Efficiency consultants hired by the Kansas Legislature said they are unearthing savings and finding new revenue possibilities that will benefit the state to the tune of hundreds of millions of dollars over the next five years.
In a preliminary report, representatives of Alvarez & Marsal told a legislative budget committee Tuesday that the methods range from centralizing office leasing to filling vacant revenue officer positions to selling little-used wood chippers owned by the Transportation Department.
One recommendation, shifting the state’s payment cycle from 10 days to 30 days, would free up $170 million in working capital, said the firm’s J.W. Rust.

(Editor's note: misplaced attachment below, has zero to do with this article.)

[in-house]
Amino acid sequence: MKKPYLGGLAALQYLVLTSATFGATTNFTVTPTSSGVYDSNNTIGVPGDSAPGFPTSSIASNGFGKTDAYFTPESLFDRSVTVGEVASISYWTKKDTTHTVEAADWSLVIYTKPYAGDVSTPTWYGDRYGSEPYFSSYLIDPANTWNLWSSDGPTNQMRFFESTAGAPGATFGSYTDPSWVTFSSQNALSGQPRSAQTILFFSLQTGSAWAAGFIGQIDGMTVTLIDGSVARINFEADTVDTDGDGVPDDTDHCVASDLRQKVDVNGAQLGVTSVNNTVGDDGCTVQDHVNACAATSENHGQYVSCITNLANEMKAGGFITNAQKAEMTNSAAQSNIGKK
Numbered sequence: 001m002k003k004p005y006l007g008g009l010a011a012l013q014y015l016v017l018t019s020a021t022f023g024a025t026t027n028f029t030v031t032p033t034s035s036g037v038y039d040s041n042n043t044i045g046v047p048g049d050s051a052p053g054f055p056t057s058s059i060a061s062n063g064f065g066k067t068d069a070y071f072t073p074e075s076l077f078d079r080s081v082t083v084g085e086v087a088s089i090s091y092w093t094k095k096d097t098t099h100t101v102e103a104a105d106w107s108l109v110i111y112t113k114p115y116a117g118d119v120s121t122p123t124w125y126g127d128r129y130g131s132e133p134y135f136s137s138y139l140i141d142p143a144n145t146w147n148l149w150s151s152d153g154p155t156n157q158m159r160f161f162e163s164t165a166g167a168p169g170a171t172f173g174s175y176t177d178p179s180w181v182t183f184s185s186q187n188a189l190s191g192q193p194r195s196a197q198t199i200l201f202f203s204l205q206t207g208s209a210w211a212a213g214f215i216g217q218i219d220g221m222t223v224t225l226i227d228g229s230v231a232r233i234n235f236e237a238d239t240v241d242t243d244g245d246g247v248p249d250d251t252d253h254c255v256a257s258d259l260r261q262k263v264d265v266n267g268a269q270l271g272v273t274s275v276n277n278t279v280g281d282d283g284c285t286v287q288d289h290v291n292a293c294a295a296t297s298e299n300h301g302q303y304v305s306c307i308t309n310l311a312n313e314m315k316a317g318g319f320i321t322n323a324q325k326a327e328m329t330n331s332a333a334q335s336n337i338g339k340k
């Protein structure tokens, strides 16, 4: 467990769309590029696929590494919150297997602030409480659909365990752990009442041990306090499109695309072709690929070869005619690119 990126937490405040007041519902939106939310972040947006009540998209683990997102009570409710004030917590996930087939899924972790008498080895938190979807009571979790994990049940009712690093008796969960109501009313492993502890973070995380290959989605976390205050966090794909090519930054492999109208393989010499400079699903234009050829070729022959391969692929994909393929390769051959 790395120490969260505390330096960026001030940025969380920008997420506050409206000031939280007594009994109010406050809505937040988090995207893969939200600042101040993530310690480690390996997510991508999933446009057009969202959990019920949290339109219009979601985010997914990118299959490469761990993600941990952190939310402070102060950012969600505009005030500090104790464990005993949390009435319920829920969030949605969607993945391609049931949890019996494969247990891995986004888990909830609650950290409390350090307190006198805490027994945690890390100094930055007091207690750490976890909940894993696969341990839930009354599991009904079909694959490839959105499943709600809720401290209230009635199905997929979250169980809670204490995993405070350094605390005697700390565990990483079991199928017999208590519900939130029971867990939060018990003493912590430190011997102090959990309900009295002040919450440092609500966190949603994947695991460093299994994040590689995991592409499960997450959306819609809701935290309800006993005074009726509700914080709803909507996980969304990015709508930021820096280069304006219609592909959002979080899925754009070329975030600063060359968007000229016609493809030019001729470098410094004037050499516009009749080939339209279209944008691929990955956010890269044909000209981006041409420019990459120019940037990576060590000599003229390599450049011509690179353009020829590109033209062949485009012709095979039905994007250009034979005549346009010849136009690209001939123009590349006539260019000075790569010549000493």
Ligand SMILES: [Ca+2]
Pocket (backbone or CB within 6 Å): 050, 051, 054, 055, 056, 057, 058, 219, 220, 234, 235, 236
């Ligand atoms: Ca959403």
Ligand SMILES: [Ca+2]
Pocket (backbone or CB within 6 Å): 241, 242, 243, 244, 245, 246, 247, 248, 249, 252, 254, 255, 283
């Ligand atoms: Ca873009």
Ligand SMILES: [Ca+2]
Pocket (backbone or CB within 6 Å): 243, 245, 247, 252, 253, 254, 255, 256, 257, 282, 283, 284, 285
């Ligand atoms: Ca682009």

The Transportation Department could sell about 5 percent of its equipment, including some wood chippers, to generate about $3 million, he said.
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The company’s full report is due in early January.
“I’m very encouraged,” said Rep. Marvin Kleeb, an Overland Park Republican.
Legislators are hoping the $2.6 million efficiency study will help them out of a 2016 budget conundrum. The projected ending balance in June of $5.6 million provides little cushion for unexpected expenses.
“I’m looking forward to more details,” said Rep. Ron Ryckman Jr., an Olathe Republican. “And it’s not just money. It’s also providing a better quality of service.”